“Bad effects” if Dhivehi and Islam made optional, warns State Islamic Minister

State Islamic Minister Sheikh Mohamed Shaheem Ali Saeed has warned on the Adhaalath Party website that making Dhivehi and Islam optional subjects at A-Level would risk “bad effects” to the country.

Shaheem said that changing the subjects from compulsory to optional was one of the biggest disputes regarding the new developing school curriculum.

”In my view it would wiser to instead revise the school curriculum and keep Islam and Dhivehi as compulsory subjects,” said Shaheem.

He recommended that A-Level Islamic studies be improved through the inclusion of topics such as ‘human rights in Islam’, ‘freedom of expression in Islam’, and ‘the Quran and science.’

”It would prove to the students that Islam is a religion fit for all ages, and will lead students to understand how developed it is,” Shaheem said.

He said that changing Islam and Dhivehi to optional subjects was like ”breaking down a good habit attached to the country.”

He said the school curriculum should be designed in a way that would make Islam an interesting subject for students.

”We do not have to demolish mosques because people do not pray,” he said.

The controversial decision to make Dhivehi and Islam optional subjects for A-Level students has sparked a series of protests outside the home of Education Minister Dr Mustafa Luthfy.

Dr Luthfy recently said the decision was not finalised and was ”just a suggestion proposed by the Education ministry’s steering committee.”

The move led Independent MP Ibrahim Muthalib to push a no-confidence motion against the Education Minister over the decision, while the Adhaalath Party meanwhile warned that Dr Luthfy “has put the final nails in his political coffin.”


President asks German scholars to help interpret Sharia law for the Maldives

President Nasheed has asked German scholars with expertise in Sharia law to help apply it to certain fields in the Maldives, during his visit to Berlin.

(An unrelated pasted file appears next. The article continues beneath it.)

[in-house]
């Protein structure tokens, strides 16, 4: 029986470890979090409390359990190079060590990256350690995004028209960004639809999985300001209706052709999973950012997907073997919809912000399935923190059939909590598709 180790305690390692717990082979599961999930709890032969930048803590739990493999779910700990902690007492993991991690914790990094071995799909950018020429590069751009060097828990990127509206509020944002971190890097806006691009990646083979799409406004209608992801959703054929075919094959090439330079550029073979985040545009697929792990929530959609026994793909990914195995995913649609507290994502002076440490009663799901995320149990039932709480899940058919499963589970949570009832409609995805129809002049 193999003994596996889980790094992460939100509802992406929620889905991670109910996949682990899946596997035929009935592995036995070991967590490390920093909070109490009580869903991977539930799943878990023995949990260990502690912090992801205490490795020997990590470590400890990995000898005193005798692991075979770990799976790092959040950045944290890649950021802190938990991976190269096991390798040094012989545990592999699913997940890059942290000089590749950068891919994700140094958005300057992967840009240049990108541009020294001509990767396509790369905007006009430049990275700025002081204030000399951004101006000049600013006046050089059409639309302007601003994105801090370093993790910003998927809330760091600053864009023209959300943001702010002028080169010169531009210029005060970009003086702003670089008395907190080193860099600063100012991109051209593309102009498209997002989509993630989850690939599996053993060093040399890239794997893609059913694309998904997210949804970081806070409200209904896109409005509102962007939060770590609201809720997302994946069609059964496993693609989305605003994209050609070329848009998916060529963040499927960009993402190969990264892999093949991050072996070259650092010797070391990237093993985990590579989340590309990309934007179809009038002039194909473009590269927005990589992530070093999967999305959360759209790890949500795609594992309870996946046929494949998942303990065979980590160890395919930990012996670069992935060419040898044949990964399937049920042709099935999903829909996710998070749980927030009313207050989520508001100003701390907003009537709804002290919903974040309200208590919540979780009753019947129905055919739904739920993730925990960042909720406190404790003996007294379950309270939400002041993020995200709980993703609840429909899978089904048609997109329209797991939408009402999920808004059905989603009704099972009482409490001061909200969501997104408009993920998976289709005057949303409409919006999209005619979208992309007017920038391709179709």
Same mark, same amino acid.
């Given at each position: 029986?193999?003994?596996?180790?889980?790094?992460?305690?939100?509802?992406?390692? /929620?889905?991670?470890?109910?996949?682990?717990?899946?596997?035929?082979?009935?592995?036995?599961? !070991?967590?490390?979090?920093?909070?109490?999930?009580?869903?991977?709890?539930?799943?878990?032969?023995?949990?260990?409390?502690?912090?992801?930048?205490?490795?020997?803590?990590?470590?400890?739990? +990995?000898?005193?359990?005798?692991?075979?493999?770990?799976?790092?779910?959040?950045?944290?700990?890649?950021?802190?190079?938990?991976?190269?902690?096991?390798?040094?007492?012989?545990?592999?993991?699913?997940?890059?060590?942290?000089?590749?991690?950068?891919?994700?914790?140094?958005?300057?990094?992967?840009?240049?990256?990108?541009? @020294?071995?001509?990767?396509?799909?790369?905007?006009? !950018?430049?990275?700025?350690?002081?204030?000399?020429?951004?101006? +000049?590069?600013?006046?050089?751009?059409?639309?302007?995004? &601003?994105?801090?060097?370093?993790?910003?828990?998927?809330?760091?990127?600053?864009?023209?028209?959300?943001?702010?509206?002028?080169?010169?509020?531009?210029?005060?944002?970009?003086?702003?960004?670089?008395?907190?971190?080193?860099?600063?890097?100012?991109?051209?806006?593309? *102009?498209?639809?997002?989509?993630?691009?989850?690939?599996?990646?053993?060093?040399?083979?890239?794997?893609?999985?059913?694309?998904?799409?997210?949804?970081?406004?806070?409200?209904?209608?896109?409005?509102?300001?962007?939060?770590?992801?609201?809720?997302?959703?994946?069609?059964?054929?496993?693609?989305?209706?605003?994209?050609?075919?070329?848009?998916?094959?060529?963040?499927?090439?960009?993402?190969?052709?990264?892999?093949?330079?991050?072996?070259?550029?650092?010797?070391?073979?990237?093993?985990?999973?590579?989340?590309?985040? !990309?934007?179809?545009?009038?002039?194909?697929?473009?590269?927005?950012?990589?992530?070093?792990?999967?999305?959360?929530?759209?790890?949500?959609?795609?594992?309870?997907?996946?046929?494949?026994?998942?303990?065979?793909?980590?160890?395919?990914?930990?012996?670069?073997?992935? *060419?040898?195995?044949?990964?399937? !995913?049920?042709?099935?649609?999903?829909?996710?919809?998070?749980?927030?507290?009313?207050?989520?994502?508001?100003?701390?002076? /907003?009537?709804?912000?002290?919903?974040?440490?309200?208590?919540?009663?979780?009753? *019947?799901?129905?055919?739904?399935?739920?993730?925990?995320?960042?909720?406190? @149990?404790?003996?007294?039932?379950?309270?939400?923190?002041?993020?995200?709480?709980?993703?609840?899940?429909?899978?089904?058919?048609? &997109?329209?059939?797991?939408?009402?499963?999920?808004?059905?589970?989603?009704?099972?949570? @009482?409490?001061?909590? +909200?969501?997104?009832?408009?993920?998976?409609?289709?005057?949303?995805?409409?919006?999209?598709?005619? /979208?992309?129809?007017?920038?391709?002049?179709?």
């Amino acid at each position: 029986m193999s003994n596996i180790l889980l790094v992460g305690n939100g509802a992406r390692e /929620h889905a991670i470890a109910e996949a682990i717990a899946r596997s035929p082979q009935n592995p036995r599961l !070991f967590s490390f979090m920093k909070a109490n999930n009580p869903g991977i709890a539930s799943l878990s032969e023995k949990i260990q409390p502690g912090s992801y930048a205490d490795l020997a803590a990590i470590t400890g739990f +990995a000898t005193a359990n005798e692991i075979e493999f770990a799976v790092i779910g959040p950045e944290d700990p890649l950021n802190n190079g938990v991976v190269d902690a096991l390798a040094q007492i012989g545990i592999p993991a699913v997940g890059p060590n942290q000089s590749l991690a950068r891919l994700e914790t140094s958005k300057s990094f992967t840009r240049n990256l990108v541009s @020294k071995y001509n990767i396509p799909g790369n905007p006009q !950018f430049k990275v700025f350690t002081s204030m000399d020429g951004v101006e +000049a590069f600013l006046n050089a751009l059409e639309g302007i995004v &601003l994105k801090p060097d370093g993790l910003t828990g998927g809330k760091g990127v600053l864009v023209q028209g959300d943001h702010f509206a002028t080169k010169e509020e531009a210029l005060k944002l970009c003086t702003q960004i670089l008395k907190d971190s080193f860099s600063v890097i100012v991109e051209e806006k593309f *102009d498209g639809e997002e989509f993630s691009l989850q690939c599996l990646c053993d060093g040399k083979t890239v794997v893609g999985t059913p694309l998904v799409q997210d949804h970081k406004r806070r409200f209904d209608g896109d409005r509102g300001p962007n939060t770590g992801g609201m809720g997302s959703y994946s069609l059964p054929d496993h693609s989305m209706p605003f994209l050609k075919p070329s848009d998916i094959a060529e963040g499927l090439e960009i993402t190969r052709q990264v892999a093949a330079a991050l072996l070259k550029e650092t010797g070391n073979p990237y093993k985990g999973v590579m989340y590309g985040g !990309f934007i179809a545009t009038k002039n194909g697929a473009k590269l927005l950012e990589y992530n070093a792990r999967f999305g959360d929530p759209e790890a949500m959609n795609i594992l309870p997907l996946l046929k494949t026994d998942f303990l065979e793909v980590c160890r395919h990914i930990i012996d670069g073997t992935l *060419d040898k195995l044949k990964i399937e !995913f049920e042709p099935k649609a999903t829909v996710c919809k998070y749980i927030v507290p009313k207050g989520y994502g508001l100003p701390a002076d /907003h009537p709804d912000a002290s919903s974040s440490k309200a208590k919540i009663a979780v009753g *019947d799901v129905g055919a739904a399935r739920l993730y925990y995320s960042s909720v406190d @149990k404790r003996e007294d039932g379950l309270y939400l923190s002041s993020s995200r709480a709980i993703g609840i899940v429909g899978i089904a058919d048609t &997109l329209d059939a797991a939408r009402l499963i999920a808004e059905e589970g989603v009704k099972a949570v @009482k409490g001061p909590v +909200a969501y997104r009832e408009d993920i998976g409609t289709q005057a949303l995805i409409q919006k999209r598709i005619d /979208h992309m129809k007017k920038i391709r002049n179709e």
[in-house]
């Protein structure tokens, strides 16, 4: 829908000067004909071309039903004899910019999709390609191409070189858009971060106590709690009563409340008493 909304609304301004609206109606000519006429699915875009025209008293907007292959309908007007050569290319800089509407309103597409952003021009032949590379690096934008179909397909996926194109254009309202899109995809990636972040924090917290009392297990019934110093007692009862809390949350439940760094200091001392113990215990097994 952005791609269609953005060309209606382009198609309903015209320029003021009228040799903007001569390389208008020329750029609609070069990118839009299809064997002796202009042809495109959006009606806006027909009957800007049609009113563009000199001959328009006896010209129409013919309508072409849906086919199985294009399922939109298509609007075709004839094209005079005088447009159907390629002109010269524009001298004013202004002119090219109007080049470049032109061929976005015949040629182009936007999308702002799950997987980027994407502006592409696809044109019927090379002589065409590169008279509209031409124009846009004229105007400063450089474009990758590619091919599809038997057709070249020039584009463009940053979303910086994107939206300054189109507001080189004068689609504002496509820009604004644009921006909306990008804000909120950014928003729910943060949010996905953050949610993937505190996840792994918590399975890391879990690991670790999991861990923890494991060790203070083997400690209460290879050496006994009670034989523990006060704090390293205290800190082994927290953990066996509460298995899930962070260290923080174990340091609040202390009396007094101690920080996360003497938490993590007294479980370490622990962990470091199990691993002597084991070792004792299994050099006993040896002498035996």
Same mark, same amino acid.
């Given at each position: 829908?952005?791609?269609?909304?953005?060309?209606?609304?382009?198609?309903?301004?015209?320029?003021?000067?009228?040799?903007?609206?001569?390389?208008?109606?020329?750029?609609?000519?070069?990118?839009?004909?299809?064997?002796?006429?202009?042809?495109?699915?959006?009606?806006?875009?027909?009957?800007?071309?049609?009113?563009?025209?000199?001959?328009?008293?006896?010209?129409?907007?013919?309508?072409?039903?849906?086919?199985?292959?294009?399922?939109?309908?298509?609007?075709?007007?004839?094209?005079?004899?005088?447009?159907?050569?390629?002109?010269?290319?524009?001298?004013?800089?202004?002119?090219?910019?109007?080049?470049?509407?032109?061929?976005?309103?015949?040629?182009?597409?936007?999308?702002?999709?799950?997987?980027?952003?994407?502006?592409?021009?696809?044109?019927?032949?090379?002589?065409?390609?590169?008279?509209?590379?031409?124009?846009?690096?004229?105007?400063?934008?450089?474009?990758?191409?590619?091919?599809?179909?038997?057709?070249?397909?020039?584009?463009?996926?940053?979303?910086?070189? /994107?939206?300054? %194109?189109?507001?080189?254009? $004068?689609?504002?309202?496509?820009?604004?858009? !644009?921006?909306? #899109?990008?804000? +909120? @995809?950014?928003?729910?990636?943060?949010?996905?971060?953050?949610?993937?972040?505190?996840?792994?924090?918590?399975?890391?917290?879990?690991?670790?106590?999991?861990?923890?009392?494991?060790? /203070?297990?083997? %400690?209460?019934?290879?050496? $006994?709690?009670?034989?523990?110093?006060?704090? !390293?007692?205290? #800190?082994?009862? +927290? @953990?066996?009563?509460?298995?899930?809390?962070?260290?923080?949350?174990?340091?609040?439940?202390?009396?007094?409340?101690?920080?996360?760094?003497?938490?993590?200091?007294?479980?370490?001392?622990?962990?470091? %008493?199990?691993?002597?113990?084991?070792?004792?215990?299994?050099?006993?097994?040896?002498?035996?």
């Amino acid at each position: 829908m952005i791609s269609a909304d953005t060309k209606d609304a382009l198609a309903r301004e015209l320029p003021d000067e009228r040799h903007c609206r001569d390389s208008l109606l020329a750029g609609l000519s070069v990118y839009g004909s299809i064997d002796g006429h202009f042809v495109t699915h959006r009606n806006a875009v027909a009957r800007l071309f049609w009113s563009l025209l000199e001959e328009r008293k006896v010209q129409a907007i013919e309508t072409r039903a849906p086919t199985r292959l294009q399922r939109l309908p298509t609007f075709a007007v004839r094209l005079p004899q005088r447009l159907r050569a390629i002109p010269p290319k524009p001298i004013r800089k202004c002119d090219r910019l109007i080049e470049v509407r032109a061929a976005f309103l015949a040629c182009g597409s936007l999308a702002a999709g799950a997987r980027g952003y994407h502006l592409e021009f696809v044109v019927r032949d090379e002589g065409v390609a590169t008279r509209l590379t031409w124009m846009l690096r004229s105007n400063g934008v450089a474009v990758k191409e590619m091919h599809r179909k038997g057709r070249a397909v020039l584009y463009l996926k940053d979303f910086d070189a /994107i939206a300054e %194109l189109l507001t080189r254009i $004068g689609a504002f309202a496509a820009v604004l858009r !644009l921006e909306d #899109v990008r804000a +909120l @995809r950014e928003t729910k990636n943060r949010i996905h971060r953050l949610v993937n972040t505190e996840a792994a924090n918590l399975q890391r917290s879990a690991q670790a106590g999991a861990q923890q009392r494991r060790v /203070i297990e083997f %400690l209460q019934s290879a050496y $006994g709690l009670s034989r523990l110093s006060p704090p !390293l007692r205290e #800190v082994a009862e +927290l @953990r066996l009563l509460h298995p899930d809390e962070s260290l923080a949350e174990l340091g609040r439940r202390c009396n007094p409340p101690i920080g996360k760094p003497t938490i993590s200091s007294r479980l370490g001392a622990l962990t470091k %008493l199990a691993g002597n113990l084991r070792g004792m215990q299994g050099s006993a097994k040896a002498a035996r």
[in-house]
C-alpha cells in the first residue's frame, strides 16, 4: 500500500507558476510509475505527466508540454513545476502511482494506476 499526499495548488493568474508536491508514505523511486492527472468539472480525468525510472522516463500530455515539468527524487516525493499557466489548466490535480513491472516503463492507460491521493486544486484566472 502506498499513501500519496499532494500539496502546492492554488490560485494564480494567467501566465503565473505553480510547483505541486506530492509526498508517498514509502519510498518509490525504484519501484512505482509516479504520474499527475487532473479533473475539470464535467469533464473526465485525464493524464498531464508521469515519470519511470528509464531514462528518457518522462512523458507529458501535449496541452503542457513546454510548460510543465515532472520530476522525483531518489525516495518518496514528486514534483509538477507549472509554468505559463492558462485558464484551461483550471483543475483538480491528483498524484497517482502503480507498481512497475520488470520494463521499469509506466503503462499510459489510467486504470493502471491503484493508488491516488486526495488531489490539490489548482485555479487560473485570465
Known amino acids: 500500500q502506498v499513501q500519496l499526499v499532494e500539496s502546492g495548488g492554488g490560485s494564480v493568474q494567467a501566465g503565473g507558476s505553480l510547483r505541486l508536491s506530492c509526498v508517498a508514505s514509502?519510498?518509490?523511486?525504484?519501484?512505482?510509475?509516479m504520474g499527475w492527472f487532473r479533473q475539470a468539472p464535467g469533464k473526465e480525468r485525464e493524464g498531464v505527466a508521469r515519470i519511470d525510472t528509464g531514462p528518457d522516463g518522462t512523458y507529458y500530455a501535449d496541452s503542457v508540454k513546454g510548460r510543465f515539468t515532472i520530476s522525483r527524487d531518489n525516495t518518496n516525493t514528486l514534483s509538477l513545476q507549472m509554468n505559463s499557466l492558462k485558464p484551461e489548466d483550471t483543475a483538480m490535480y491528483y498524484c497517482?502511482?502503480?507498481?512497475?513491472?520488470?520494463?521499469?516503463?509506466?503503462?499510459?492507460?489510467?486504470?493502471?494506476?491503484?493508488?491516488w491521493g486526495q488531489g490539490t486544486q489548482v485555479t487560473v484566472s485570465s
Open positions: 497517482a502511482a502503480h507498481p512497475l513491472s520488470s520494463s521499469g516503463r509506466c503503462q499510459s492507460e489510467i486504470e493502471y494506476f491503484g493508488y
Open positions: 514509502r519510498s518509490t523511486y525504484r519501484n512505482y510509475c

“I have done my homework and I am quite aware of the amount of German discourse in Islamic jurisprudence”, President Nasheed said, according to German news site deutschenachrichten.

Nasheed told the German press that Maldivian law was based on Sharia, but warned them about “jumping to the wrong conclusions.”

“We are a tolerant and free country, and we want to keep it that way,” he said.

Press S for the President’s Office Mohamed Zuhair said that Germany was a country where a large number of experienced and professional scholars live.

”In the 20th century, the highest standard of Islamic universities was also in Germany,” Zuhair said.

Zuhair said the government had discussed the request for German assistance with the Islamic Ministry, which had expressed its approval.

However spokesperson for the Islamic Ministry Sheikh Ahmadullah said he had no information about the matter and did not want to comment.

Zuhair explained that “many Islamic books also were preserved in Germany” and believed that “German religious scholars would be more experienced than Maldivian scholars.”

”The origins of Sharia code would not be changed,” Zuhair said. ”They will only help in some areas like taxation.”

He said the president had received very positive answers in response to his interest.

State Minister for Islamic Affairs Mohamed Shaheem Ali Saeed said if good advice was given “it should always be heard and acted upon.”

Shaheem said people should realise “that there are Islamic scholars all around the world, and not only in Arabic countries.”

“The are good scholars in many countries,” Shaheem said, “even in those where Islamic people are in a minority.”

”Even a scholar like Sheikh Bukhari (a famous scholar of the Hadiths) was not from an Arabic country,” Shaheem explained.

“If a scholar in another country can give the right information on Sharia law, we have to accept it. But if anyone gives the wrong information, we have scholars here who can tell us the right way to implement Sharia.”